There are 11 components of leading any group of church leaders. Leading a group of volunteers can be one of the most fulfilling tasks a pastor or church leader has the privilege of doing. At the same time, it is not without its challenges.

Leadership at this level carries with it great opportunity. With its mission in the balance, it is important that you provide the best leadership possible to all those involved.

From day one of your leadership with a church board, committee or any group of volunteers, you are building a track record. Sports teams and fans always look at the record of the new coach they hire. You will read of a career record of 279-82. You do not read of career records of 82-279. Even the smallest of your decisions is credited or discredited to your leadership.

What does leadership to these groups look like and how can it be done effectively?
There are a variety of components of leadership at this level. None of these should be overlooked in your effort to move the group forward in accomplishing the mission of the church. Leadership must be …
1. Prayerful
Skip this one at your own peril. As good as you are, you are not that good. With God, you are really good. When leading a group of men and women around a table, always be aware that the true leader is the one who put you there.

This is more than opening meetings with prayer. This means you need to fervently seek God as you chart his course for the church. Believe me, in the weeks, months and years that follow your consistent trail of prayer (when you hit major issues or challenges), you will be glad you prayed.

2. Earned
The monster mistake any pastor or church leader can make is to assume that because of their position they can command leadership respect. Sometimes true but frequently not. Leadership must be earned.

New pastors and church leaders in particular should spend time with the group as a whole and with board, committee or volunteer members individually. You do so not to coddle them but to truly get to know them and demonstrate who you are as a leader.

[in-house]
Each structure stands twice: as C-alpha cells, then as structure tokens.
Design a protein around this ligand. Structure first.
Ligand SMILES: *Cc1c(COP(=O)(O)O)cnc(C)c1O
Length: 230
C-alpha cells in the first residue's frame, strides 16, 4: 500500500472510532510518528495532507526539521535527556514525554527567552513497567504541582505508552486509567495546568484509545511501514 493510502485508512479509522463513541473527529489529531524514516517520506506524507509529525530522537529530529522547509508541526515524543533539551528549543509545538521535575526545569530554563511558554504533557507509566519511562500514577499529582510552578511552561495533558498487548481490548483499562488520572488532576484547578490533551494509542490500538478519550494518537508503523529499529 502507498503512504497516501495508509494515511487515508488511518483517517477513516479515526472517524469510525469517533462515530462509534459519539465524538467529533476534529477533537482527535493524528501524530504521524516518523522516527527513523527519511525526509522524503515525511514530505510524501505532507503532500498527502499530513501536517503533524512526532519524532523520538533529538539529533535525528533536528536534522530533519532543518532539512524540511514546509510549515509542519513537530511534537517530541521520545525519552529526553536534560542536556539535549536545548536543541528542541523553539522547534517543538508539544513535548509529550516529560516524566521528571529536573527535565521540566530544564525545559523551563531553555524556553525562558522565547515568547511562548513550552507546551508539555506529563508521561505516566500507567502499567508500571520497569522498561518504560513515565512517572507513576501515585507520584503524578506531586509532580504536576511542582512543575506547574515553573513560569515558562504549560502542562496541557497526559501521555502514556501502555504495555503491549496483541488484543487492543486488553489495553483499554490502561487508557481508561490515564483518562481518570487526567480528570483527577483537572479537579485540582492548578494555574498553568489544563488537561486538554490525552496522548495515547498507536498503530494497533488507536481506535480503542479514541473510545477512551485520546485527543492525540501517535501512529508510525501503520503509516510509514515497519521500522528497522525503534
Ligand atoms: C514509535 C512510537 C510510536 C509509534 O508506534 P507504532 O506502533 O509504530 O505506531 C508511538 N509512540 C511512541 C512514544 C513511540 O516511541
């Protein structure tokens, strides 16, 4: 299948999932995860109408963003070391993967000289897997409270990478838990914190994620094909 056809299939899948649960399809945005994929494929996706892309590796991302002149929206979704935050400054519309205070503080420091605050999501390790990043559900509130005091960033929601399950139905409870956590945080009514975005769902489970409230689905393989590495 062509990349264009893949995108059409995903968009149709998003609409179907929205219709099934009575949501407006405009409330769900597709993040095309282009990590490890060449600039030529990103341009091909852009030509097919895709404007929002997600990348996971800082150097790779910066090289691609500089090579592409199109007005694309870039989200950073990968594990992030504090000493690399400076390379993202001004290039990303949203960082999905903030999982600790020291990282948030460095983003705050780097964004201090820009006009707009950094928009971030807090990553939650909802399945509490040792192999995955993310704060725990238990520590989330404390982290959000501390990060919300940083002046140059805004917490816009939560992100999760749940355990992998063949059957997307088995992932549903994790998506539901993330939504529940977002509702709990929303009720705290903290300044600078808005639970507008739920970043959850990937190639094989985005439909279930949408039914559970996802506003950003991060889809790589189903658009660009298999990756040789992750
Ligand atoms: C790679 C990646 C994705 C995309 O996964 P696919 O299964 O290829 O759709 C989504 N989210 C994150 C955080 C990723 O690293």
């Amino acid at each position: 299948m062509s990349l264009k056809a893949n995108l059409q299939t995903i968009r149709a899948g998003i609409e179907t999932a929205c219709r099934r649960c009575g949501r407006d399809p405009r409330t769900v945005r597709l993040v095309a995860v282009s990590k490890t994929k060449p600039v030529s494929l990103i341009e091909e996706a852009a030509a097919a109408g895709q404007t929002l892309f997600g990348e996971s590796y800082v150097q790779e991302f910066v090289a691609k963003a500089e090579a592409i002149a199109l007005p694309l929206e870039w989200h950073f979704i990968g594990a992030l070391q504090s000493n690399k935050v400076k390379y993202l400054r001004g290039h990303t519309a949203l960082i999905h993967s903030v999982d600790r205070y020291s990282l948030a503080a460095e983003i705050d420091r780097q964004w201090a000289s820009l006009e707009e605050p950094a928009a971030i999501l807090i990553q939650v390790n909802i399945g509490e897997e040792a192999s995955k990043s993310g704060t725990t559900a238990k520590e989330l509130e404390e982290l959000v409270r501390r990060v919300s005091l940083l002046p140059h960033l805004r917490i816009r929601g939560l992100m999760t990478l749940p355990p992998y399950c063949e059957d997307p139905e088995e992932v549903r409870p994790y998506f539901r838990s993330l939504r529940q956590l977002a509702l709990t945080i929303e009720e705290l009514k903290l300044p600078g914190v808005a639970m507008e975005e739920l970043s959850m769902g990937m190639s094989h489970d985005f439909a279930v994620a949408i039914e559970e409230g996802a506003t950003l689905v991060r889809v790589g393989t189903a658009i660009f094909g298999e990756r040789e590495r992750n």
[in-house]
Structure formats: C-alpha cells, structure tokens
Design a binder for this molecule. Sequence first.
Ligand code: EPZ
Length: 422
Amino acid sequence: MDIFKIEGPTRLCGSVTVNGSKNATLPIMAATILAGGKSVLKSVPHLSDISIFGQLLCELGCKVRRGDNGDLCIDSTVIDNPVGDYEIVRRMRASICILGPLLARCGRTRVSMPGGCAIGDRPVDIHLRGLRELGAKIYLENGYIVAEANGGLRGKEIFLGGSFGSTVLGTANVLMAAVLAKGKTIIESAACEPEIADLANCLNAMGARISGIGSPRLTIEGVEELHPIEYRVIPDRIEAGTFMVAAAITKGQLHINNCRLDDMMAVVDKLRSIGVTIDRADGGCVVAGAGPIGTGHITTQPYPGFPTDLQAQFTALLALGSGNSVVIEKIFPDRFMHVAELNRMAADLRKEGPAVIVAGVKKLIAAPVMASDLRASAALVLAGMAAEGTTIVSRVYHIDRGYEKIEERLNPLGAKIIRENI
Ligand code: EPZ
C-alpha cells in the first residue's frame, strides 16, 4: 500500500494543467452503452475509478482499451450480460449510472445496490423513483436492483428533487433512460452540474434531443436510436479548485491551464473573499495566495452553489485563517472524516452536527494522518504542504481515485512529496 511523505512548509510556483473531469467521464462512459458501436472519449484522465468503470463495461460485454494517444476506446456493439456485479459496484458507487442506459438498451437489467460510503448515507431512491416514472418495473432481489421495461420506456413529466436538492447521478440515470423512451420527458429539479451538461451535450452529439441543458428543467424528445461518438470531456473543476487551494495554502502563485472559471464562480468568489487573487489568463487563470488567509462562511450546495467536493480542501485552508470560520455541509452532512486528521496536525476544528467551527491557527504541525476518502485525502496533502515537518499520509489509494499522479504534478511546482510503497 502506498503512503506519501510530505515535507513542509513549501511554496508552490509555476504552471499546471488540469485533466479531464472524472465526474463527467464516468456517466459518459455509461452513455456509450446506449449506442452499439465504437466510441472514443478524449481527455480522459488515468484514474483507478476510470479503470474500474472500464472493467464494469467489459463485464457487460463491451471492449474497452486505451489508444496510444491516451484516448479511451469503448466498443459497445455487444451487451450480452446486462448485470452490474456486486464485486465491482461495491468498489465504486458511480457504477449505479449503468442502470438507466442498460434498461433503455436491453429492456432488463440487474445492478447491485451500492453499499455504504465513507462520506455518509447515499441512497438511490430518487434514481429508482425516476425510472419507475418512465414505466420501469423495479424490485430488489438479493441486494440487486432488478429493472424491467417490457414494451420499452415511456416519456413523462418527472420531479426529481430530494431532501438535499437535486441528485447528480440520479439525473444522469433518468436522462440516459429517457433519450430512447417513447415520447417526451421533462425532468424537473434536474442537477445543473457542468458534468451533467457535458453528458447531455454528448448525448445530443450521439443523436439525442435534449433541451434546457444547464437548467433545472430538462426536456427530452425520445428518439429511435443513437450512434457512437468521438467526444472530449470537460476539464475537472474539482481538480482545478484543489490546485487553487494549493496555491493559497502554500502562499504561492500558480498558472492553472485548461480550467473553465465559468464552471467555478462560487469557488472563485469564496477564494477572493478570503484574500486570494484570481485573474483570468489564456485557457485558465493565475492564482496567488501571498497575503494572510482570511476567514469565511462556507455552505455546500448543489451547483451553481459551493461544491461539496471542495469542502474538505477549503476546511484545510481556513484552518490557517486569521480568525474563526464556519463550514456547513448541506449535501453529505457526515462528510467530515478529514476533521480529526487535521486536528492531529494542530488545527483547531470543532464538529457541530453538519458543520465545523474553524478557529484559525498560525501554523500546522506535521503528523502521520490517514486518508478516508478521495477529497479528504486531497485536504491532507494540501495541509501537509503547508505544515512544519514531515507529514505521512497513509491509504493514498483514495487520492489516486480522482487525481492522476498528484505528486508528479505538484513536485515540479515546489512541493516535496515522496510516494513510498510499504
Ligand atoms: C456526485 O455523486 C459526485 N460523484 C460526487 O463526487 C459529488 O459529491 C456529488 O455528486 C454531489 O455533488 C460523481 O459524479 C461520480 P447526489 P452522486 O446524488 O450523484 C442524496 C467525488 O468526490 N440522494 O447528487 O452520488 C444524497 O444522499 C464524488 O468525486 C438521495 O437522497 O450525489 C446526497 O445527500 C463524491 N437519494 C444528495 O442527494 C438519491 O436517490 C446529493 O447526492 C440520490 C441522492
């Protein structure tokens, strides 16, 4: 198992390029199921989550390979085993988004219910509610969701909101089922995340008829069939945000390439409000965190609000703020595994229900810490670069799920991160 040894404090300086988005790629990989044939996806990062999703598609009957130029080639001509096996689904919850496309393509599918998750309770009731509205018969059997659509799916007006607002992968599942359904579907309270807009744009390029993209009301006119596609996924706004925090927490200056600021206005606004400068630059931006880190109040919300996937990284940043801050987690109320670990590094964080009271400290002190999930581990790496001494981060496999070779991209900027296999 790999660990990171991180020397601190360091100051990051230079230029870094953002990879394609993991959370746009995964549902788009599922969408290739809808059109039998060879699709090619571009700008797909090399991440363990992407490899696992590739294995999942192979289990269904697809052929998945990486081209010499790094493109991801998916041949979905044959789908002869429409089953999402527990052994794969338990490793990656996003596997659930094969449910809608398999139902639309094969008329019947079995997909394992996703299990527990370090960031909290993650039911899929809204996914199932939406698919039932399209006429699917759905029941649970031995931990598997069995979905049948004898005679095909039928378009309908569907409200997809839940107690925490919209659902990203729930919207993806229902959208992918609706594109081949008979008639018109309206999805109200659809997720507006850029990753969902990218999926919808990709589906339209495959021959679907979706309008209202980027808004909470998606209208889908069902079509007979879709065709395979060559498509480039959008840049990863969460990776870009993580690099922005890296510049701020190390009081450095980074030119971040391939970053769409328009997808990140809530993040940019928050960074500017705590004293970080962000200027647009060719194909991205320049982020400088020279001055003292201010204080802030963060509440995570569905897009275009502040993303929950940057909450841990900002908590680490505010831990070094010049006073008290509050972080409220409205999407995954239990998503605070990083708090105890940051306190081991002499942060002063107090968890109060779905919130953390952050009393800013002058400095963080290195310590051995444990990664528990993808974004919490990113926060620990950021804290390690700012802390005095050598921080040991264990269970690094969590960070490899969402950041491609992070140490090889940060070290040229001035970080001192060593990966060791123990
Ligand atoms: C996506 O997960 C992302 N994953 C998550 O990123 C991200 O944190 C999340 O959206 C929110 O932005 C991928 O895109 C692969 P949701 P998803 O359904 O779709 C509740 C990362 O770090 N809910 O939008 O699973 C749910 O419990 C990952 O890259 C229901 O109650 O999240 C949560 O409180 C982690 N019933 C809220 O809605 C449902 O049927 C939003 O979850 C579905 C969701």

Investing in these individuals in the present will pay huge dividends when tough issues confront the group in the future. Your ability to earn and garner leadership capital with this group is critical to the advancement of the mission of the church.

3. Clear
When leading a people you must always be certain in that which you are leading. As a caveat let me note that there are times when we do not feel certain. In fact sometimes we feel quite uncertain and we need the group we lead to help us process. That is a good and necessary role for the group to play.

However, at the end of that processing, once a decision is made, it is your role to be clear in your leadership. Muddy leadership sets you up for more misery than you have time for.

4. Smart
This is where the purist-at-heart sometimes struggles. They view it as manipulative. It can be but need not be. Leadership is about taking a group of people from where they are to a place where they want to be. To do that you must be smart.

For example, if you have an influencer on issue ABC at the table and you know they can sway opinions around the table, let them in on the ABC issue to be discussed ahead of any group meeting. Explain why the decision you want is critical to the advancement of the ministry (assuming it is) and why you want them to help you carry the water. You must always be selective when taking this step.

5. Unafraid of conflict
Please note that your longevity at the church will contribute to a greater sustainability of your leadership but it does not guarantee you will be conflict free. You must be certain that in all you do there will be detractors, even after you have been at the church a long time.

When they present themselves you cannot run. You must be ready to address differing opinions of the people in your area(s) of ministry and be ready to move forward. If you constantly acquiesce to those with whom you are in conflict you really will not be the leader.

Leaders don’t pick fights but they are always aware of the potential for conflict and the need to address it.

6. Active
One of the worse things a pastor or church leader can do is to take Ephesians 4:11 to the furthest extreme and hand everything off to a church board, committee or any group of church leaders, expecting that they will come with a God-directed decision in the absence of senior spiritual leadership. It’s not going to happen!
While you should continually equip volunteer leaders to lead in their own right, you must also remain engaged in all that happens.

(On this note, if you are leading a governing group, never allow for a church board to meet in your absence, even if it is to decide the color of napkins for the Christmas Banquet. I’m always amazed how simple short meetings become a forum for a disgruntled board member to bring up a pet issue in the absence of the lead pastor). Stay active – always!

7. Spiritually attuned
Throughout one’s leadership, a pastor or church leader must never lose sight of their ordained assignment as a spiritual leader in the ministry.